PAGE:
Lost Wages After An Accident: What You Should Know
If you get hurt in an accident at work, in a car accident, or another type of incident, you will likely have to take some time off of work to recover. In cases in which you do not have disability benefits at work, a lack of paid time off, or if you do not get paid time as part of your benefits package, you may find that you do not get paid any money while you are away recovering. This can be financially devastating. If the accident was due to a negligent party and you are considering a lawsuit, you should plan to include loss of wages as part of your claim. The following are some things you need to know:
Can You Include Lost Wages if Your Employer Paid You During Recovery?
Your company may offer short-term or long-term disability benefits as part of your benefits package. Other companies may have policies that pay you your full pay in vacation time or other accrued paid time off. However, you likely are not going to get the entire amount of money you would have made if you had not been hurt. Disability benefits generally only pay a percentage of your pay. You may not have enough vacation time to cover the entirety of the time you had to take off. In both cases, you are only being paid a part of your total pay. You can include the difference in the pay as part of your lost wages claim.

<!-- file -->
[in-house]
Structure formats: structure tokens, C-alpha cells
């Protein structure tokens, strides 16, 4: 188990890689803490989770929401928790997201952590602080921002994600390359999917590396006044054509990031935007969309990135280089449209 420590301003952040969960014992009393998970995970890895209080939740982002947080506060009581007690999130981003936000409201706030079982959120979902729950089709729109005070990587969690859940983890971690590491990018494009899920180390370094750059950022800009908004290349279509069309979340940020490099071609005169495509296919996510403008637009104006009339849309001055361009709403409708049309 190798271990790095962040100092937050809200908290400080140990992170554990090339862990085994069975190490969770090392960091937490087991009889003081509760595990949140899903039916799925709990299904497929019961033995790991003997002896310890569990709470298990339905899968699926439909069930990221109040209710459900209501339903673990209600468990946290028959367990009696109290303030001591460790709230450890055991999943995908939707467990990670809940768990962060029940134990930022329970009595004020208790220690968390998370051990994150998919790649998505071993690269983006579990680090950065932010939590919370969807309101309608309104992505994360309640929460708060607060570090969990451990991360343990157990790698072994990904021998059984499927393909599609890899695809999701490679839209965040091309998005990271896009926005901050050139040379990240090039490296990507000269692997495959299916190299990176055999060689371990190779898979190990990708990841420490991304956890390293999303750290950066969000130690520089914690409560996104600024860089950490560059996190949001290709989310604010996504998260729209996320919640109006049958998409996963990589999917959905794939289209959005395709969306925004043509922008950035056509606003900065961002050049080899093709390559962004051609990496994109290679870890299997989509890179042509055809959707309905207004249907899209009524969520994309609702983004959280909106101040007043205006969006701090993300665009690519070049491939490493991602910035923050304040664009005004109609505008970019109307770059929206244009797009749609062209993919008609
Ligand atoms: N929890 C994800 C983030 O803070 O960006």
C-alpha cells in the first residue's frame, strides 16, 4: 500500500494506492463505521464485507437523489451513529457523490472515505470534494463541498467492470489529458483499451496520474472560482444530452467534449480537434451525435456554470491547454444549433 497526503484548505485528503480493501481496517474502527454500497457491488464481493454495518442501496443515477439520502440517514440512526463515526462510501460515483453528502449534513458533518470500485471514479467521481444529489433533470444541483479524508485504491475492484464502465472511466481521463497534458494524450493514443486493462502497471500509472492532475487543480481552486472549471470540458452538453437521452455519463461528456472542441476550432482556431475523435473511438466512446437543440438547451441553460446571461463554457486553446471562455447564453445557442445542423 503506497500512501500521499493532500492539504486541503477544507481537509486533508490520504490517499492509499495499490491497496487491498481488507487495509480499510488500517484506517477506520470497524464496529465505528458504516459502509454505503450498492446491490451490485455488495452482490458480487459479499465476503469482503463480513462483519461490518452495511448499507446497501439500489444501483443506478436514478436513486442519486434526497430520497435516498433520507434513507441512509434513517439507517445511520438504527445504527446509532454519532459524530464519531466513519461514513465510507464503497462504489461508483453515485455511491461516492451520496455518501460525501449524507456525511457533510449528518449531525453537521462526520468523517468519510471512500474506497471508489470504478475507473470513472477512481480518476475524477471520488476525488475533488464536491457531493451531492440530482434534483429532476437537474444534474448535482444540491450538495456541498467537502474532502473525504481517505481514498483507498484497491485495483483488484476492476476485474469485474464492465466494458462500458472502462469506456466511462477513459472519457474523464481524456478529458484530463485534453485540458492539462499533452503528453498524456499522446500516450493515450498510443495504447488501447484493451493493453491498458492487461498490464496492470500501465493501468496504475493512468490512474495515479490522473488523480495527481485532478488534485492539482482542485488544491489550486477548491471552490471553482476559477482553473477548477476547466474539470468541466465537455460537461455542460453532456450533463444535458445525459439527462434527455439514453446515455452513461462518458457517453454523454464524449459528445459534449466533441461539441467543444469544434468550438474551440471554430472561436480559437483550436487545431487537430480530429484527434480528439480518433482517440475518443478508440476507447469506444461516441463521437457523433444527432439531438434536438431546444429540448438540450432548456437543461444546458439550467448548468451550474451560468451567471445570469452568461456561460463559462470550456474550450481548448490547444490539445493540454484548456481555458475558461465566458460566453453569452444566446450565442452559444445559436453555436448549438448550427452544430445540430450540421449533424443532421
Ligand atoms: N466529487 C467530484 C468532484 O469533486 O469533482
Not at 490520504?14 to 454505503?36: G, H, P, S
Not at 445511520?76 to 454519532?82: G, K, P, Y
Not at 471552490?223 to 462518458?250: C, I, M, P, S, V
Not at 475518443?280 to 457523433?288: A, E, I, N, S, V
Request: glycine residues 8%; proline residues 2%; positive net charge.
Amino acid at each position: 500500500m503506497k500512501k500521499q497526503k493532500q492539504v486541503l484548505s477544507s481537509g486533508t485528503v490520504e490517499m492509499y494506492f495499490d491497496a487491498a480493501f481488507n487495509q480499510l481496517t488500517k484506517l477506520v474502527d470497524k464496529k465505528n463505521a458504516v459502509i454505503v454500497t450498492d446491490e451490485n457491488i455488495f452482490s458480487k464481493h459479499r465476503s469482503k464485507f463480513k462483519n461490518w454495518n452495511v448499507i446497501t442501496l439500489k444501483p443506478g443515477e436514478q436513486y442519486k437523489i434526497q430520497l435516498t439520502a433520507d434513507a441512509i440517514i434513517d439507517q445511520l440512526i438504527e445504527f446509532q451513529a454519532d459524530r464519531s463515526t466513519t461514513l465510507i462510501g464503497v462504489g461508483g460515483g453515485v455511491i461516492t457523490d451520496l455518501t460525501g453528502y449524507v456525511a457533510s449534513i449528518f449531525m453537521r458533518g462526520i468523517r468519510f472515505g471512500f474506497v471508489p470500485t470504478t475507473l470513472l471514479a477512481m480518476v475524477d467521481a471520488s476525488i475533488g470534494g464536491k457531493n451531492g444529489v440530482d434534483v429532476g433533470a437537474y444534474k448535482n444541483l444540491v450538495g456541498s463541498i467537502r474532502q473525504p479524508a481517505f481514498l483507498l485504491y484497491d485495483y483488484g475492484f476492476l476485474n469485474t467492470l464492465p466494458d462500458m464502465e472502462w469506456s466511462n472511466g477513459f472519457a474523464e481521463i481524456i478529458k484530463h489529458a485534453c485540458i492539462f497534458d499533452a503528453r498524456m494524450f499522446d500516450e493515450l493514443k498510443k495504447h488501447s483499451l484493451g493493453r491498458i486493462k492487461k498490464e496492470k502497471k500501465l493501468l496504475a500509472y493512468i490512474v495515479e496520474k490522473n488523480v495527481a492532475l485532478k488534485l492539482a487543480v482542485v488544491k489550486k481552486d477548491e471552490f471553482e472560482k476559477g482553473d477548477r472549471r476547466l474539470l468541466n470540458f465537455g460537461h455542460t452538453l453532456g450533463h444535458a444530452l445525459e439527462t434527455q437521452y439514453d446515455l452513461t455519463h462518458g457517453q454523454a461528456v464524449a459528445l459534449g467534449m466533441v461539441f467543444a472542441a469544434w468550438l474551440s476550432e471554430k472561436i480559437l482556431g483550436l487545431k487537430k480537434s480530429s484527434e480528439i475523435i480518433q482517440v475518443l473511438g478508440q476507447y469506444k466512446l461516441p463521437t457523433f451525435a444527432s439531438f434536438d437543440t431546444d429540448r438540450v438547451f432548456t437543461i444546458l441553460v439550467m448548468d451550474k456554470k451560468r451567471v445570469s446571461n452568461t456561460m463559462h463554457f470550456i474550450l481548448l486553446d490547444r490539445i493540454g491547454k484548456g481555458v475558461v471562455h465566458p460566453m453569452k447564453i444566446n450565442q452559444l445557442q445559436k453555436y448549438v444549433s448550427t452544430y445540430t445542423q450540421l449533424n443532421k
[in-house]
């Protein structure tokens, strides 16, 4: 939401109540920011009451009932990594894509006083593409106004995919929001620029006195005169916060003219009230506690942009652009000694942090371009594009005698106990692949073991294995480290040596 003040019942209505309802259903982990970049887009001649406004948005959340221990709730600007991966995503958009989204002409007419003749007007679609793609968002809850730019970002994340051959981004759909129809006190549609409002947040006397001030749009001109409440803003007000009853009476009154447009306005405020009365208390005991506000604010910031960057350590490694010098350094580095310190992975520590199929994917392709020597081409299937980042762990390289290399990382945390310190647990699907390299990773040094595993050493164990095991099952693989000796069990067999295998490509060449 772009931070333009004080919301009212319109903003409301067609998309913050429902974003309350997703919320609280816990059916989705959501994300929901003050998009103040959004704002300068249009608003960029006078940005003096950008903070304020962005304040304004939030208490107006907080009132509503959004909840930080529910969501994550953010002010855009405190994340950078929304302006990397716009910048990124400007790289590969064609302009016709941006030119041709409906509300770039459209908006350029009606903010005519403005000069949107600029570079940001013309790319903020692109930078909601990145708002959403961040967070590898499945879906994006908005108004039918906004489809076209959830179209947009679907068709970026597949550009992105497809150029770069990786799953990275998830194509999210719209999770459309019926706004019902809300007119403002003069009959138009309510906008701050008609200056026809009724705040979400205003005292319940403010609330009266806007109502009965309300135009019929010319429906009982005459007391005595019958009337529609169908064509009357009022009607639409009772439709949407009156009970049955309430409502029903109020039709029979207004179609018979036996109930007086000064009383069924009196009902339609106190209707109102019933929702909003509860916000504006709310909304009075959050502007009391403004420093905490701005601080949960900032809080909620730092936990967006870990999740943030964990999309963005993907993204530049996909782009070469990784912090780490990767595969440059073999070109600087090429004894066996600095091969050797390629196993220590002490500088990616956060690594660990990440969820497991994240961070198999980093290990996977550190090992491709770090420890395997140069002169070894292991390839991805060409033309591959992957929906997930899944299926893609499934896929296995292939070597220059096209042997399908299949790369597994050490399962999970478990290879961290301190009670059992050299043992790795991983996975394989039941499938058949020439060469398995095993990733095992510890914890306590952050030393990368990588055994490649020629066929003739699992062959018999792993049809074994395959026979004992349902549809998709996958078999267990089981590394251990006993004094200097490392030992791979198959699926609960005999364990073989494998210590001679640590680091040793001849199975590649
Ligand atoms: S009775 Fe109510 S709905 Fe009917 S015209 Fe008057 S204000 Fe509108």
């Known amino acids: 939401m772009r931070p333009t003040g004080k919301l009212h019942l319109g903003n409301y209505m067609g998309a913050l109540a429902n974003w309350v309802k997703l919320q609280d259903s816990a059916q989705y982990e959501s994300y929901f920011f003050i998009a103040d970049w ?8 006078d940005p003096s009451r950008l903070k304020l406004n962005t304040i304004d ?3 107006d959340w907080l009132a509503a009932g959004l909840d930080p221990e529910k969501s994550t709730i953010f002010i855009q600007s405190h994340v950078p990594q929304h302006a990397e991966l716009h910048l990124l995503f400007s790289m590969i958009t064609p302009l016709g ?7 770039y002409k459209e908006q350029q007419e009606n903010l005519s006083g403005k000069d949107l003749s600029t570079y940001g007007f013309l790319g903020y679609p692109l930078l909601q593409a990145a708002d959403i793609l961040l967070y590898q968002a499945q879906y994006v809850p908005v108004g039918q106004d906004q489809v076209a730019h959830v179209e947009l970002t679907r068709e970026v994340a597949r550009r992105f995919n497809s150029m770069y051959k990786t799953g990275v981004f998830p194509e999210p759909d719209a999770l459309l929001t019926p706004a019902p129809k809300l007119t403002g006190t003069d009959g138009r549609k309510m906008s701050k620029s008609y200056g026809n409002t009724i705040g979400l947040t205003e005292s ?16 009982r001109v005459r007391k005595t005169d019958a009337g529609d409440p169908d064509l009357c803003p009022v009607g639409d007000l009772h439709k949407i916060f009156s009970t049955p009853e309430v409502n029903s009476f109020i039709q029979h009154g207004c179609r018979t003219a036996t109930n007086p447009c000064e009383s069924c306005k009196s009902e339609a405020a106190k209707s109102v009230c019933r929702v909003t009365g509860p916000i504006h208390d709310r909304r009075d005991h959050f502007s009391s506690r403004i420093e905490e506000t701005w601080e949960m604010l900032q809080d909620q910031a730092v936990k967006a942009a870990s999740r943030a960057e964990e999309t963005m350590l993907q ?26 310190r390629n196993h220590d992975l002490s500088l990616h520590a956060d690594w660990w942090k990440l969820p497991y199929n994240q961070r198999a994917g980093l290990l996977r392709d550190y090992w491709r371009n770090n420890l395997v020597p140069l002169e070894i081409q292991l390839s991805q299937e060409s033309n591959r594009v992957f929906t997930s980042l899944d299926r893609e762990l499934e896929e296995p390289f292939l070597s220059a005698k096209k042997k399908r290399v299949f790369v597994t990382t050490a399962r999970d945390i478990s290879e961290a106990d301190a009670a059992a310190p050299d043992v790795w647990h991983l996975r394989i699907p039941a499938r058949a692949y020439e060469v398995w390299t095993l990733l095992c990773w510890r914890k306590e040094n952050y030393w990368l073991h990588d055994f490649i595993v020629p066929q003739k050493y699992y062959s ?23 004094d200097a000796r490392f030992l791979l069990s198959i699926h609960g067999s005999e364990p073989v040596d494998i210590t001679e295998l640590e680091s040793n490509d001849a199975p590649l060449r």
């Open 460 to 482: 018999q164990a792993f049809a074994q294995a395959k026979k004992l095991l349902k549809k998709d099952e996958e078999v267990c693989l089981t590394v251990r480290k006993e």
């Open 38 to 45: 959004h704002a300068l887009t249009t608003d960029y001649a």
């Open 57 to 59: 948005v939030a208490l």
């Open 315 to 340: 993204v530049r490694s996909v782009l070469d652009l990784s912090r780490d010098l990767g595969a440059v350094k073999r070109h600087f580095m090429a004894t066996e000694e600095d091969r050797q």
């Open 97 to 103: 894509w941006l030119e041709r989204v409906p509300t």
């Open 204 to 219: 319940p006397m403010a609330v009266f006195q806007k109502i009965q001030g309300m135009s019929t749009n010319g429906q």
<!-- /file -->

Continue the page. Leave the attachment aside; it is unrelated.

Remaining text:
How Are Lost Wages Calculated?
Lost wages are calculated differently for those who are paid a salary and those who are paid hourly. For those who receive a salary, the wages can be subtracted from how much money you actually received from the amount of money you are typically paid each month.
If you are an hourly worker, you are a part-time employee, or if you are paid on commission, it can be complicated to calculate your lost wages. Obviously, if you are not entitled to any type of disability or vacation payments, you may be able to claim a complete loss of wages because you will not receive any sort of payment from your employer until you return to work. If you are full-time hourly or commissioned employee, you will need to provide your attorney with copies of your pay stubs over a period of time to help come up with an appropriate amount based on your past payments. If you were entitled to any bonuses at work during your convalescence, opportunities for overtime, or any other extra payments you missed because you are injured, be sure to provide this information to your attorney as well so your lost wages can be accurately calculated.
Consult with a personal injury attorney to learn more.